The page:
Chapter 5. Best Practices for Staffing the Contractor's Software Project Team
Software development has been and will continue to be very dependent on the caliber of the individuals involved. The reason, of course, is that software development is an intellectual exercise. More importantly, teams produce successful software development projects. The trends of outsourcing and offshoring extend this concept further by introducing groups of teams that must work well together (hence, the reason for a separate chapter covering the outsourcing organization's team). In his book Object Solutions: Managing the Object-Oriented Project, Grady Booch, one of the creators of the RUP, states, "It is time that I come clean and unveil one of the dirty little secrets of software engineering: People are more important than any process."
Successful teams are fascinating to analyze. After observing hundreds of teams over the years, I believe that good teams transcend process and technology. A successful software development team has much in common with a successful sports team. In particular, the following are characteristics of a good team:
This chapter describes the major roles on a modern, high-performance software development team. It discusses the best practices for creating a team that will eventually exhibit the characteristics just listed (but this does not occur overnight!). This chapter also discusses how these teams are best managed.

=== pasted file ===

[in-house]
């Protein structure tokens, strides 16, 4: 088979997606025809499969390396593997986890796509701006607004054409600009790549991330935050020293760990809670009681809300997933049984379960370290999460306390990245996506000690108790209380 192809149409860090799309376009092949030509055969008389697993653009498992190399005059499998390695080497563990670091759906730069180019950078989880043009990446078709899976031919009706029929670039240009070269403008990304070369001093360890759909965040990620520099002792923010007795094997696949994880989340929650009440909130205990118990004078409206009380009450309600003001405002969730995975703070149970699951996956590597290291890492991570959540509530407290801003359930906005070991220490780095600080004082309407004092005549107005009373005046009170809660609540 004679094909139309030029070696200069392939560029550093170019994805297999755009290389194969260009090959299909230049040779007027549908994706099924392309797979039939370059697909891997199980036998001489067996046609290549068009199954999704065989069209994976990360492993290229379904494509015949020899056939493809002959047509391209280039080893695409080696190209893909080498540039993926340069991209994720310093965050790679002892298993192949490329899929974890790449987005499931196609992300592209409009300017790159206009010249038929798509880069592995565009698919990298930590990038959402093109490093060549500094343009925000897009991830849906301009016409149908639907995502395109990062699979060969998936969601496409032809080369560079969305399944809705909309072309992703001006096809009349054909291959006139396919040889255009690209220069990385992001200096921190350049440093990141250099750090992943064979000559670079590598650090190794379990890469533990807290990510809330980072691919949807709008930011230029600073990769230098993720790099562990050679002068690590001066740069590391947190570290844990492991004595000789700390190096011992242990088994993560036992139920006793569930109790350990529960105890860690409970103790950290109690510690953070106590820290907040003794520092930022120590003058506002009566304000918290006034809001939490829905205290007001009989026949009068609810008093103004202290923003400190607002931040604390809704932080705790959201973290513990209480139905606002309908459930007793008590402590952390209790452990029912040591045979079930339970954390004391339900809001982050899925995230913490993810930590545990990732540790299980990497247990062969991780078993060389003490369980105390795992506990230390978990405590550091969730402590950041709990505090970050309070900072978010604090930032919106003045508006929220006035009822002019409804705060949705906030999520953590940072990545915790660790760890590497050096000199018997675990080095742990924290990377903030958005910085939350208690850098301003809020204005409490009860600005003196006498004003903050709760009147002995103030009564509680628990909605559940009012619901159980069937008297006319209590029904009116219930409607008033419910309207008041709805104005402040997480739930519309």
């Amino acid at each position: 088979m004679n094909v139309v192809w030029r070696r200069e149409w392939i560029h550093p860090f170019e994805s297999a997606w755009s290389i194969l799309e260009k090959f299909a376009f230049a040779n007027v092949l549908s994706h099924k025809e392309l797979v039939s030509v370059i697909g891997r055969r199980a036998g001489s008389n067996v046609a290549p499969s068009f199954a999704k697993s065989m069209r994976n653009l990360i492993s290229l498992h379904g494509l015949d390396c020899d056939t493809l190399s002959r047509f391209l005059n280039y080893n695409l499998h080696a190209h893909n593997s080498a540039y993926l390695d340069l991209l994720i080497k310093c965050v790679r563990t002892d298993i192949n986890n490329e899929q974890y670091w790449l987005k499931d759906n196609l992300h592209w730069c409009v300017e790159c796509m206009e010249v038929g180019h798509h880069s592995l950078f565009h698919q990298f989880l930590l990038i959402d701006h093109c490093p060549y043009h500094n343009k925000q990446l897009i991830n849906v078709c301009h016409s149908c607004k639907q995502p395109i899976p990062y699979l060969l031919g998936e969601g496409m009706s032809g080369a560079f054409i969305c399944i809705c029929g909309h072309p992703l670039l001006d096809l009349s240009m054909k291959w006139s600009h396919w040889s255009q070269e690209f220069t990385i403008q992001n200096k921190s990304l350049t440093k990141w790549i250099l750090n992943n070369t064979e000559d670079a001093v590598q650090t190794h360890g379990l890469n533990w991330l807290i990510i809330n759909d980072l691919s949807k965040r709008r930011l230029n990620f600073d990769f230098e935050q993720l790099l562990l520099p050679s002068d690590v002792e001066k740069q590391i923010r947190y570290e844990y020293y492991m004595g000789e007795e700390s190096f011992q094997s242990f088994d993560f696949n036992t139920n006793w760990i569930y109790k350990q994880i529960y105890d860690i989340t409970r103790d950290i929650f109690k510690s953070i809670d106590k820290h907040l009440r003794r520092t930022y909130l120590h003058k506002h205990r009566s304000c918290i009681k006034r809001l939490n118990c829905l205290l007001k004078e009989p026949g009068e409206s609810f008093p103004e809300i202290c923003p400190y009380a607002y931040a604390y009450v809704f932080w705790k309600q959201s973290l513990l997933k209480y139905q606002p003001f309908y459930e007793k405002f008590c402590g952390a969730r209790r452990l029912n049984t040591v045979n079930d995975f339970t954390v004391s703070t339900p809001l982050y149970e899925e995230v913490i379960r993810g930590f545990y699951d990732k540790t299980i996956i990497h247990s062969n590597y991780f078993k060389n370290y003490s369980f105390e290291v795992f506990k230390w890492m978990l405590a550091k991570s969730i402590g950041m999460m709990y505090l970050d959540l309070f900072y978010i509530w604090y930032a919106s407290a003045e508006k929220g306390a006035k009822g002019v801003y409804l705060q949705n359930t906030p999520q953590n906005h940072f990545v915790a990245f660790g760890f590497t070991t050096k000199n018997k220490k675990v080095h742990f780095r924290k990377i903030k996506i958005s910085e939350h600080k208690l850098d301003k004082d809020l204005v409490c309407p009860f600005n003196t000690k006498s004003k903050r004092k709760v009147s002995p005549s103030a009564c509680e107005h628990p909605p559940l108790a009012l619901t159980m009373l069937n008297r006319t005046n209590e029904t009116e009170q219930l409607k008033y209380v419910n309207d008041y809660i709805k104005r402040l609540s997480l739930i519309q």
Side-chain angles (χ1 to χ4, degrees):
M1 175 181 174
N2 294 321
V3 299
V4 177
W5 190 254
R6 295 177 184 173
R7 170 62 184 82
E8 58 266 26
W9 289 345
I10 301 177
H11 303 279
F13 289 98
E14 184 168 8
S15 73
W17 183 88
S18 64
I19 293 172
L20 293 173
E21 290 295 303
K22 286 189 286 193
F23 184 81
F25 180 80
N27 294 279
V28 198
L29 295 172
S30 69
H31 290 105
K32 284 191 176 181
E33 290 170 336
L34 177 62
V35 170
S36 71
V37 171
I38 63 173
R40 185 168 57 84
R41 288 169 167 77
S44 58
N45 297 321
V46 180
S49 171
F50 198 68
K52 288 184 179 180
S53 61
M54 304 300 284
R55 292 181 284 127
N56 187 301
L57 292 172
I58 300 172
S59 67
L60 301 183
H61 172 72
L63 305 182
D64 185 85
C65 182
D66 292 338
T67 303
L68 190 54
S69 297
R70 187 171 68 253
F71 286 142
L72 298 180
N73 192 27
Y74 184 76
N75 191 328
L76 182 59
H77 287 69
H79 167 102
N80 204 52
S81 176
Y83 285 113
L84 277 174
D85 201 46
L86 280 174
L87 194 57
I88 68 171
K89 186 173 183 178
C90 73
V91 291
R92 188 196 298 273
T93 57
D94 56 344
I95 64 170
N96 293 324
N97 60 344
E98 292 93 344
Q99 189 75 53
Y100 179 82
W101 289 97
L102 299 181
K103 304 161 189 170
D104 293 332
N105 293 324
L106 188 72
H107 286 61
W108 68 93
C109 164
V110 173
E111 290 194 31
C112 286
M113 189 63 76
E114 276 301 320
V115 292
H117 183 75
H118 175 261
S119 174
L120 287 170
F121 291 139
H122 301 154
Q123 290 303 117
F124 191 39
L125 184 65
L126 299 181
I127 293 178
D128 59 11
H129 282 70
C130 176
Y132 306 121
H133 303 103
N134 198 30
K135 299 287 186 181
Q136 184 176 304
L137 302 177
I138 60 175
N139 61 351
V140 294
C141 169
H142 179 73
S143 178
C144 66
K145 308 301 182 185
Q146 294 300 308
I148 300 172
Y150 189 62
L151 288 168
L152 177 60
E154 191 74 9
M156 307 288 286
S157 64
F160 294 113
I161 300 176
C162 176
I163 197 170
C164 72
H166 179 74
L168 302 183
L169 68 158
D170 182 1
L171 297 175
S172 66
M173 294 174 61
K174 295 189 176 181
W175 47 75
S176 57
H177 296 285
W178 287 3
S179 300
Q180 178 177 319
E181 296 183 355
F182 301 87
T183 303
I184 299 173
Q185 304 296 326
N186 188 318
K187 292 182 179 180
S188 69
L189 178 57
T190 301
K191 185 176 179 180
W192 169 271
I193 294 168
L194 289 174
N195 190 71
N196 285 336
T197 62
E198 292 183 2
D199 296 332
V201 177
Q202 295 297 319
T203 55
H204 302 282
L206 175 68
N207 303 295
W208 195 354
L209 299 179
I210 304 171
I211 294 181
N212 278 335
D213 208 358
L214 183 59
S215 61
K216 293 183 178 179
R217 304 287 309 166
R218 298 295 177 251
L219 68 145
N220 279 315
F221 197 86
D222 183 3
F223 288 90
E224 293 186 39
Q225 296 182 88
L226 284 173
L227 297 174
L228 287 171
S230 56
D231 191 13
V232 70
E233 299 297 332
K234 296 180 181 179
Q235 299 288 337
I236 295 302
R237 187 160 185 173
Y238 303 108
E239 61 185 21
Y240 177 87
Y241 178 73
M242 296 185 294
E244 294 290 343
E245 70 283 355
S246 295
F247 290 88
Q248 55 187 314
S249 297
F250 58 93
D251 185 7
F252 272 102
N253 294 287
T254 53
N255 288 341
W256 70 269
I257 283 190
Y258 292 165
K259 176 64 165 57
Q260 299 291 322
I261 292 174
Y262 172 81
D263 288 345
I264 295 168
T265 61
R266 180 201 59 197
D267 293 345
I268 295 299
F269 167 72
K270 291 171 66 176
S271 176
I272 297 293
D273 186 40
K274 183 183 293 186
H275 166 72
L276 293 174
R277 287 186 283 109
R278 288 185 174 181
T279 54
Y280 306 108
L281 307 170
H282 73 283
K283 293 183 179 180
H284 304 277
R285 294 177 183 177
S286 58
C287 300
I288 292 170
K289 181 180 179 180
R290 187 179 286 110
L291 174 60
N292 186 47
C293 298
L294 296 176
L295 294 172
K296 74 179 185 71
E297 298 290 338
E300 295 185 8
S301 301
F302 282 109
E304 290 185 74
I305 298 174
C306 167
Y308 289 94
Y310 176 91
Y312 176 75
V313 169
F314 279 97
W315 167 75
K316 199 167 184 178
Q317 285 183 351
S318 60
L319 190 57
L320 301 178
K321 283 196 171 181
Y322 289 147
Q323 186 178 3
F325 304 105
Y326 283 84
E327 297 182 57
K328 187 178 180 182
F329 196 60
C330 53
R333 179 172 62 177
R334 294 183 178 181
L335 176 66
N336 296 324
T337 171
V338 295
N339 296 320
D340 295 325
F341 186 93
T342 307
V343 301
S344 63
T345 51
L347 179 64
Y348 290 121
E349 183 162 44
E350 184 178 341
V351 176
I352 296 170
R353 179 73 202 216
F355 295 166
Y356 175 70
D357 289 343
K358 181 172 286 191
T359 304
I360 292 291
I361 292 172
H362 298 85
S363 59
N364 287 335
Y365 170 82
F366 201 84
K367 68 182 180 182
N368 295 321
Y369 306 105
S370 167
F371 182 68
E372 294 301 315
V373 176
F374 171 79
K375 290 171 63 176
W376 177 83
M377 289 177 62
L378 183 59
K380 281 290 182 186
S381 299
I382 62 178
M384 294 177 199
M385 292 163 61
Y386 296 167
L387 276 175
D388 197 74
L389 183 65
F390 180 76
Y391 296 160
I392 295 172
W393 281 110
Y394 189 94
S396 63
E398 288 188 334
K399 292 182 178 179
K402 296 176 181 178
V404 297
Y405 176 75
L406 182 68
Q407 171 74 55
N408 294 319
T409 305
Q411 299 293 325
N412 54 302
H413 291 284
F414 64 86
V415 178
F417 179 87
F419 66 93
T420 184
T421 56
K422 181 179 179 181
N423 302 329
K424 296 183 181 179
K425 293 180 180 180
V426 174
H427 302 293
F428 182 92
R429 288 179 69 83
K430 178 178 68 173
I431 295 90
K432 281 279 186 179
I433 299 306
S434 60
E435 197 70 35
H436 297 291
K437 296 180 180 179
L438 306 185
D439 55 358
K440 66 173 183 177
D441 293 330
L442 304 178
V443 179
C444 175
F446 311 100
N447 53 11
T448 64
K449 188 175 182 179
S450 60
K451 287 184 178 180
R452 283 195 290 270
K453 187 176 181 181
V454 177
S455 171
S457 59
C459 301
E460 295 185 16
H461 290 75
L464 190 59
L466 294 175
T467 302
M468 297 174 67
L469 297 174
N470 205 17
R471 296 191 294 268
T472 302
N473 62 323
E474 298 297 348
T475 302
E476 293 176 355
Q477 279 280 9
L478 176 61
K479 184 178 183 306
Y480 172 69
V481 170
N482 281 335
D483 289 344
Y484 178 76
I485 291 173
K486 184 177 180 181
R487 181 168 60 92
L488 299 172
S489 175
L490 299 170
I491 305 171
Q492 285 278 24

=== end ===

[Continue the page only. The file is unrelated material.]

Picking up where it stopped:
Governing Principles for Staffing the Team
The first step toward building a cohesive team is to recognize that you must evaluate a prospective team member in two areas. The first is to understand the candidate's attitude and disposition toward working on a team. The second is to evaluate the person's technical abilities for the role in question. This section considers the former.
When evaluating a candidate to join your team, focus first on attributes that give insight into the person's attitude and propensity for working on a team. Here are some suggestions and ideas for when you interview candidates:
The exact answers to these questions are not as important as how the candidate answers the questions.